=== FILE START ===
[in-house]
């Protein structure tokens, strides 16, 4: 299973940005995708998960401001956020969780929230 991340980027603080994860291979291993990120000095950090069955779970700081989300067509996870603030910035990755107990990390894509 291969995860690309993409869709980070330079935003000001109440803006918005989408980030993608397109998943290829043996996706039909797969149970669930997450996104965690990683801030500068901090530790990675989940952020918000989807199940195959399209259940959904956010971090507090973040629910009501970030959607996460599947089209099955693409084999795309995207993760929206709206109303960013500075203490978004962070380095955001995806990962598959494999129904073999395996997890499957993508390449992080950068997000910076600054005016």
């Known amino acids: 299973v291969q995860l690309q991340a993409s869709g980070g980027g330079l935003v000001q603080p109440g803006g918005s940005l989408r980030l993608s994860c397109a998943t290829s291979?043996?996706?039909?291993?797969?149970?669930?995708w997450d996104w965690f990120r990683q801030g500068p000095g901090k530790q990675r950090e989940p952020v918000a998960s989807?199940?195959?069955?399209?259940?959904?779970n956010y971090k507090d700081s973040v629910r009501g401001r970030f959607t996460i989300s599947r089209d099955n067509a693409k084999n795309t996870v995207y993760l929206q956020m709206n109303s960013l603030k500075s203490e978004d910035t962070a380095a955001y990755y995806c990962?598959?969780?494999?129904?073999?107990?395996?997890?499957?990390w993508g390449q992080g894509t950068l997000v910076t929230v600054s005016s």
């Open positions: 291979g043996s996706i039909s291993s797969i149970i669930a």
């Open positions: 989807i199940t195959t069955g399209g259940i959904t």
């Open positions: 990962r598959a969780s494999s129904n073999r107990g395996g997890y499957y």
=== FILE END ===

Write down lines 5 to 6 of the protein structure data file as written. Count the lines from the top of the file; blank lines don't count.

């Open positions: 989807i199940t195959t069955g399209g259940i959904t």
């Open positions: 990962r598959a969780s494999s129904n073999r107990g395996g997890y499957y």